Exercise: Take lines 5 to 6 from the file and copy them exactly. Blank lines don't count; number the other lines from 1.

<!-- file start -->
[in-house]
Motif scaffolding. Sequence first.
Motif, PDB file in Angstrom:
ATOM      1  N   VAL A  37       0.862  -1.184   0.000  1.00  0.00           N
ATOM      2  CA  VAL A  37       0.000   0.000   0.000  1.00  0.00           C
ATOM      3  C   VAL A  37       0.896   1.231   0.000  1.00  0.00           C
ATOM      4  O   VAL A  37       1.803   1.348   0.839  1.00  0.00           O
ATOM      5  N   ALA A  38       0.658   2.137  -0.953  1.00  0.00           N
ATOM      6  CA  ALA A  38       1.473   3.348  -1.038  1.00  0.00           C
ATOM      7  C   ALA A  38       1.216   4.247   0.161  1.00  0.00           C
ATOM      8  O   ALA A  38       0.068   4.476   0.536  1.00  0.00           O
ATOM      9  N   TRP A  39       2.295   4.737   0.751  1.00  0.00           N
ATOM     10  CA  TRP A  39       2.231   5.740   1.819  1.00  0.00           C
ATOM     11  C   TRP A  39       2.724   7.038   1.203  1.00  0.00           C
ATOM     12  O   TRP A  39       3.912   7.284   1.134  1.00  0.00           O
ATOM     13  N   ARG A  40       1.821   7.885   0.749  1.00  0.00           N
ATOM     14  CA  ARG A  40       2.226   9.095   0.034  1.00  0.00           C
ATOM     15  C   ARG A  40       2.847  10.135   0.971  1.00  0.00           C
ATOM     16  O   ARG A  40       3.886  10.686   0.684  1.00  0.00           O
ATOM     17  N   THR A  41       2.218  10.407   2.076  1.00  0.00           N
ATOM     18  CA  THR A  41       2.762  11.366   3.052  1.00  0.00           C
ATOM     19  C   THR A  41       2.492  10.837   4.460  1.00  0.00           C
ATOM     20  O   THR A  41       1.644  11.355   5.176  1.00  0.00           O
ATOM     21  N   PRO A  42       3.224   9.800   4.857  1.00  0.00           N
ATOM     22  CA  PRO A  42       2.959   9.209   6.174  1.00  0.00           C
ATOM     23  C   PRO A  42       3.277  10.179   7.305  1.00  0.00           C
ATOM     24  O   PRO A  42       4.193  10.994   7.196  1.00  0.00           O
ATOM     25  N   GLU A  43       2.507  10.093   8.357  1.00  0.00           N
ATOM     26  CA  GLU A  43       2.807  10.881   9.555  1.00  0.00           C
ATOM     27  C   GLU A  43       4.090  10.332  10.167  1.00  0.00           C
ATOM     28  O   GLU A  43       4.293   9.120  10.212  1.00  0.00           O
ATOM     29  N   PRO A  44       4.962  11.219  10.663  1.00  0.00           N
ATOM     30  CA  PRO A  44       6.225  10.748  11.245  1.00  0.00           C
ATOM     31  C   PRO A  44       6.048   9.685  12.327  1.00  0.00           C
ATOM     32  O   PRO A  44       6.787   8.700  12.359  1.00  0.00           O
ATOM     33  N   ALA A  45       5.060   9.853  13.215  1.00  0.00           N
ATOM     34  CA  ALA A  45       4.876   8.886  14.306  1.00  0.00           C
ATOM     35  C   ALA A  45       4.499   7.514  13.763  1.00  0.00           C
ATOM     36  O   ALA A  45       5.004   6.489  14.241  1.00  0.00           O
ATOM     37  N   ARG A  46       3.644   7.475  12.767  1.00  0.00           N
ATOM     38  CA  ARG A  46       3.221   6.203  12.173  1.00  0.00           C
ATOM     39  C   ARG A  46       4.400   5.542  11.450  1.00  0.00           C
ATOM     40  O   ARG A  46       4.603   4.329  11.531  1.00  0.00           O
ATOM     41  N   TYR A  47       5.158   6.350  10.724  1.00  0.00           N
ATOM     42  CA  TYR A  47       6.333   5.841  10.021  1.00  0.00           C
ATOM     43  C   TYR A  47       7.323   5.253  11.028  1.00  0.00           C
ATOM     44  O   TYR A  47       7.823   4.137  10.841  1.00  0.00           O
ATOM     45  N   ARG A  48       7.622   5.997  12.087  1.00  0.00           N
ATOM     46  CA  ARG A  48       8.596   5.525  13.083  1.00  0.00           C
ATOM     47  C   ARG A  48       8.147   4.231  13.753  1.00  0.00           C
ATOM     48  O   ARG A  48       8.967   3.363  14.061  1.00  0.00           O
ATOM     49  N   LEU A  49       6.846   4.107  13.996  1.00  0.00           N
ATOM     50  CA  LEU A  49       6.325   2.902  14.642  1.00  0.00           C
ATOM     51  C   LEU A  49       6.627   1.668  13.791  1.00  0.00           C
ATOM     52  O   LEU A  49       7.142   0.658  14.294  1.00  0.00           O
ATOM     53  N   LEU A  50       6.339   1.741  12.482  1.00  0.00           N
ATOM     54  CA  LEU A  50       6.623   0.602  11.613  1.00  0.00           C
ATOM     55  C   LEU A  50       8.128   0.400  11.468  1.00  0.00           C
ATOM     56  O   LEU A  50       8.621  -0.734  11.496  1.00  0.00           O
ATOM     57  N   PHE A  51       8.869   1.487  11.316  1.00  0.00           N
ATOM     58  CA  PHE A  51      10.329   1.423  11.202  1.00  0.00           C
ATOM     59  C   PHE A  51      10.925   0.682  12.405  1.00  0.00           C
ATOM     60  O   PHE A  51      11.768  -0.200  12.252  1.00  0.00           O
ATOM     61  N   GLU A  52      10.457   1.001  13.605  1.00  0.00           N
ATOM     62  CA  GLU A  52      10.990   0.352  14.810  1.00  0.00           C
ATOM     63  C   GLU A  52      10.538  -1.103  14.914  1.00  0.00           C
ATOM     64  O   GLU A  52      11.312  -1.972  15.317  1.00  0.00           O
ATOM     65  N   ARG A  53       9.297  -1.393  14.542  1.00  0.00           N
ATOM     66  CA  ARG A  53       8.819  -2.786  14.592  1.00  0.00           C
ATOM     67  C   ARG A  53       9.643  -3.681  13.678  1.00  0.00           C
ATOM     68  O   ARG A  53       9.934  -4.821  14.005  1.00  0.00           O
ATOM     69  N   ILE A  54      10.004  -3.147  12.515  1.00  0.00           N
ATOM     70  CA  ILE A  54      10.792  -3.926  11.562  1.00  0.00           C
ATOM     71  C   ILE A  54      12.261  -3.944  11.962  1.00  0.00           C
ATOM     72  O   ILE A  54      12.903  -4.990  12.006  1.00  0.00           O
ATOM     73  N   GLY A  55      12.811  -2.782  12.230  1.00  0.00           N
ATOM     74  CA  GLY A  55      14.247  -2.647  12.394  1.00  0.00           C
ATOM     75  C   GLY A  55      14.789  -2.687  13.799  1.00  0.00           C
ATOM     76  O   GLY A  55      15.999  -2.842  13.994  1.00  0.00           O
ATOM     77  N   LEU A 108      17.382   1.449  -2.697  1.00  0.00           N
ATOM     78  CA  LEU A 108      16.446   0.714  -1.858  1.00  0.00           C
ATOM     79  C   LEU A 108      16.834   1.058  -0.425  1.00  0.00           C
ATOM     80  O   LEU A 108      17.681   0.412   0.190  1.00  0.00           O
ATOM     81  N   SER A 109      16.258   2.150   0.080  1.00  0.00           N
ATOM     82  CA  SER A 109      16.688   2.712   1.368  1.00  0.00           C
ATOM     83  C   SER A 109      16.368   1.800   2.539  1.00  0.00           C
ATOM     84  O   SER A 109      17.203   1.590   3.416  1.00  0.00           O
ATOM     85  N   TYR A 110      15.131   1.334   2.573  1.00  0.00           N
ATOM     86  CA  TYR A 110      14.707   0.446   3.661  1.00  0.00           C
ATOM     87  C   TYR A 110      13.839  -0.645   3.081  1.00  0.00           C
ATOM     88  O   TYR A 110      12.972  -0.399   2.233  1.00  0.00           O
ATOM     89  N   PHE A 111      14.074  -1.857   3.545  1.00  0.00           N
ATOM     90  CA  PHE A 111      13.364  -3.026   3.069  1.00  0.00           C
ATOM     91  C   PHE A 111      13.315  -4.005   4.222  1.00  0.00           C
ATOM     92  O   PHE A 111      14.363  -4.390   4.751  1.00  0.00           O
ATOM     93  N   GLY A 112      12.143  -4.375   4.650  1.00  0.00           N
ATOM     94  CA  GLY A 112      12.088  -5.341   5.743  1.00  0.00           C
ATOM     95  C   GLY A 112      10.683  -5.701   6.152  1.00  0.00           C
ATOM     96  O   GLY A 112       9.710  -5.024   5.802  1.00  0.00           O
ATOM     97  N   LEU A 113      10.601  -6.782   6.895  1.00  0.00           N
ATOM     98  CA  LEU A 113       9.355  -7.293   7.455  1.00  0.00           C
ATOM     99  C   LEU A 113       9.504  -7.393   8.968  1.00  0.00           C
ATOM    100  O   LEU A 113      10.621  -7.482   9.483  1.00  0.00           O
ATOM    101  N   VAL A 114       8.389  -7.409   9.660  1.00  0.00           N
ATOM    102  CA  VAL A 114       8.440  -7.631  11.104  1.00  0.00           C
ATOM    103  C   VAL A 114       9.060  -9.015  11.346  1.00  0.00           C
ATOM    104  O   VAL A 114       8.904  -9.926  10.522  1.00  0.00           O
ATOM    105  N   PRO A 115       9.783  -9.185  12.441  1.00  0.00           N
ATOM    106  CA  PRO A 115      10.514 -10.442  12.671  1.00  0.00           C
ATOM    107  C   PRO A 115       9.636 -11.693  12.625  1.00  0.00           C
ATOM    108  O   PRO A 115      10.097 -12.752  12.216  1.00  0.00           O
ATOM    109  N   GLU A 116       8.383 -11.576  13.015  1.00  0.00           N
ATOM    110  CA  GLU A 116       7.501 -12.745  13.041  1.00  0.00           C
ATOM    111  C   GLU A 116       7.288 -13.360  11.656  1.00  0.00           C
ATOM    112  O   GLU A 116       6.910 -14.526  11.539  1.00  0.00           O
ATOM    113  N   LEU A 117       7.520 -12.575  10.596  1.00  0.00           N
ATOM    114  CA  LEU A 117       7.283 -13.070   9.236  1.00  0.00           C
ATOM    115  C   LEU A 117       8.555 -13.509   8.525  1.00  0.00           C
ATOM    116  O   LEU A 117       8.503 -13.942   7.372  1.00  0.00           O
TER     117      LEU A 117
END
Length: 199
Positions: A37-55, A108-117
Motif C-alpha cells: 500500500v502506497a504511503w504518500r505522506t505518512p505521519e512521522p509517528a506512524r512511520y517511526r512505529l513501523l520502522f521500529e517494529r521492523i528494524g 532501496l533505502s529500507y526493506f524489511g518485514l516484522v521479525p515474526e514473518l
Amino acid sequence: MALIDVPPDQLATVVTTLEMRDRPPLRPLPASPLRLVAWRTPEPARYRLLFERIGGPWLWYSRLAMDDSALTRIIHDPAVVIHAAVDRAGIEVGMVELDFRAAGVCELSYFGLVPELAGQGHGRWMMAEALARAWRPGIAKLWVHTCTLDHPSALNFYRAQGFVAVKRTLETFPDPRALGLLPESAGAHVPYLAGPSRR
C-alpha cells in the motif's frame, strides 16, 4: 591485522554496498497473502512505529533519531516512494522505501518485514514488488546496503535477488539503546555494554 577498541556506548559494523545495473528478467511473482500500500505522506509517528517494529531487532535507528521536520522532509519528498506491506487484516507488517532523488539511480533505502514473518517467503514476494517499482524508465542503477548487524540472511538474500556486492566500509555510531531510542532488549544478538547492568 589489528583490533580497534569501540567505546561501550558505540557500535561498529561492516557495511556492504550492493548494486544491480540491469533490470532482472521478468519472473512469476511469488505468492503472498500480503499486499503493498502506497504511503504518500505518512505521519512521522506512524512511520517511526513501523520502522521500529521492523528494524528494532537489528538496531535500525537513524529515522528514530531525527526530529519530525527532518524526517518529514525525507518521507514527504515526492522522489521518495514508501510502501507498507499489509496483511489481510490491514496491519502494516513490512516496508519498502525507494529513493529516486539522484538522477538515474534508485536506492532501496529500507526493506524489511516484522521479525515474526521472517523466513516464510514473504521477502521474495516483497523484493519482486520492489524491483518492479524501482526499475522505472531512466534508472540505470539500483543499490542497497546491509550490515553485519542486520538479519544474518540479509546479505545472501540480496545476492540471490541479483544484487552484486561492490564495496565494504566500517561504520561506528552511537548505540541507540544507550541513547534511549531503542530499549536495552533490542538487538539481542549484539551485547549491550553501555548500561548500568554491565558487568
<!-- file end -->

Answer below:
ATOM      2  CA  VAL A  37       0.000   0.000   0.000  1.00  0.00           C
ATOM      3  C   VAL A  37       0.896   1.231   0.000  1.00  0.00           C